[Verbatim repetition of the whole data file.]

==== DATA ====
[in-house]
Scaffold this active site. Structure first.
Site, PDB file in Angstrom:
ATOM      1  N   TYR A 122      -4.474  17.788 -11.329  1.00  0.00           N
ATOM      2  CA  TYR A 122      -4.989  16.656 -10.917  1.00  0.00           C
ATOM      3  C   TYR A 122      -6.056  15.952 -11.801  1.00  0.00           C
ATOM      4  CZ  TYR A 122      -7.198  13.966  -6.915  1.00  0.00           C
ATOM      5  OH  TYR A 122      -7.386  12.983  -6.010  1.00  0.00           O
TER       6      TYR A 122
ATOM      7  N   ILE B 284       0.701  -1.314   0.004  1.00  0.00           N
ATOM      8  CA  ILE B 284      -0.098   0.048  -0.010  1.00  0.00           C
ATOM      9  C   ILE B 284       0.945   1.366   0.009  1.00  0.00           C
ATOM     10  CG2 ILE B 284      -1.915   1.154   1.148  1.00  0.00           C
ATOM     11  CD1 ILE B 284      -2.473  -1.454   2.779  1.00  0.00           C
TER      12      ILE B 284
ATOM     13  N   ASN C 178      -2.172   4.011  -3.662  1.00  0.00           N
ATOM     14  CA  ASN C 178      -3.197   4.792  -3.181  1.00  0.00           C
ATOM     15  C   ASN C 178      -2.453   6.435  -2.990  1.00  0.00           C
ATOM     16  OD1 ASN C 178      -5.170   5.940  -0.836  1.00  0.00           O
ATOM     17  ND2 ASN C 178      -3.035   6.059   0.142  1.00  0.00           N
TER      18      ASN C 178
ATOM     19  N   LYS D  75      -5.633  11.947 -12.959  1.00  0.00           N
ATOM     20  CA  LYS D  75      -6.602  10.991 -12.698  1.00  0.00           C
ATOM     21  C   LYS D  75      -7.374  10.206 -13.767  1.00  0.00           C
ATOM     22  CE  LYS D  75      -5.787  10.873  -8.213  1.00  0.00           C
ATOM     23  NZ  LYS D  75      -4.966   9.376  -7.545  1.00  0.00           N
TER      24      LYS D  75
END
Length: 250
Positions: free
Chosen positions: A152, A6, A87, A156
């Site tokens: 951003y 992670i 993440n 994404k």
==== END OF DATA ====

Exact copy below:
[in-house]
Scaffold this active site. Structure first.
Site, PDB file in Angstrom:
ATOM      1  N   TYR A 122      -4.474  17.788 -11.329  1.00  0.00           N
ATOM      2  CA  TYR A 122      -4.989  16.656 -10.917  1.00  0.00           C
ATOM      3  C   TYR A 122      -6.056  15.952 -11.801  1.00  0.00           C
ATOM      4  CZ  TYR A 122      -7.198  13.966  -6.915  1.00  0.00           C
ATOM      5  OH  TYR A 122      -7.386  12.983  -6.010  1.00  0.00           O
TER       6      TYR A 122
ATOM      7  N   ILE B 284       0.701  -1.314   0.004  1.00  0.00           N
ATOM      8  CA  ILE B 284      -0.098   0.048  -0.010  1.00  0.00           C
ATOM      9  C   ILE B 284       0.945   1.366   0.009  1.00  0.00           C
ATOM     10  CG2 ILE B 284      -1.915   1.154   1.148  1.00  0.00           C
ATOM     11  CD1 ILE B 284      -2.473  -1.454   2.779  1.00  0.00           C
TER      12      ILE B 284
ATOM     13  N   ASN C 178      -2.172   4.011  -3.662  1.00  0.00           N
ATOM     14  CA  ASN C 178      -3.197   4.792  -3.181  1.00  0.00           C
ATOM     15  C   ASN C 178      -2.453   6.435  -2.990  1.00  0.00           C
ATOM     16  OD1 ASN C 178      -5.170   5.940  -0.836  1.00  0.00           O
ATOM     17  ND2 ASN C 178      -3.035   6.059   0.142  1.00  0.00           N
TER      18      ASN C 178
ATOM     19  N   LYS D  75      -5.633  11.947 -12.959  1.00  0.00           N
ATOM     20  CA  LYS D  75      -6.602  10.991 -12.698  1.00  0.00           C
ATOM     21  C   LYS D  75      -7.374  10.206 -13.767  1.00  0.00           C
ATOM     22  CE  LYS D  75      -5.787  10.873  -8.213  1.00  0.00           C
ATOM     23  NZ  LYS D  75      -4.966   9.376  -7.545  1.00  0.00           N
TER      24      LYS D  75
END
Length: 250
Positions: free
Chosen positions: A152, A6, A87, A156
């Site tokens: 951003y 992670i 993440n 994404k």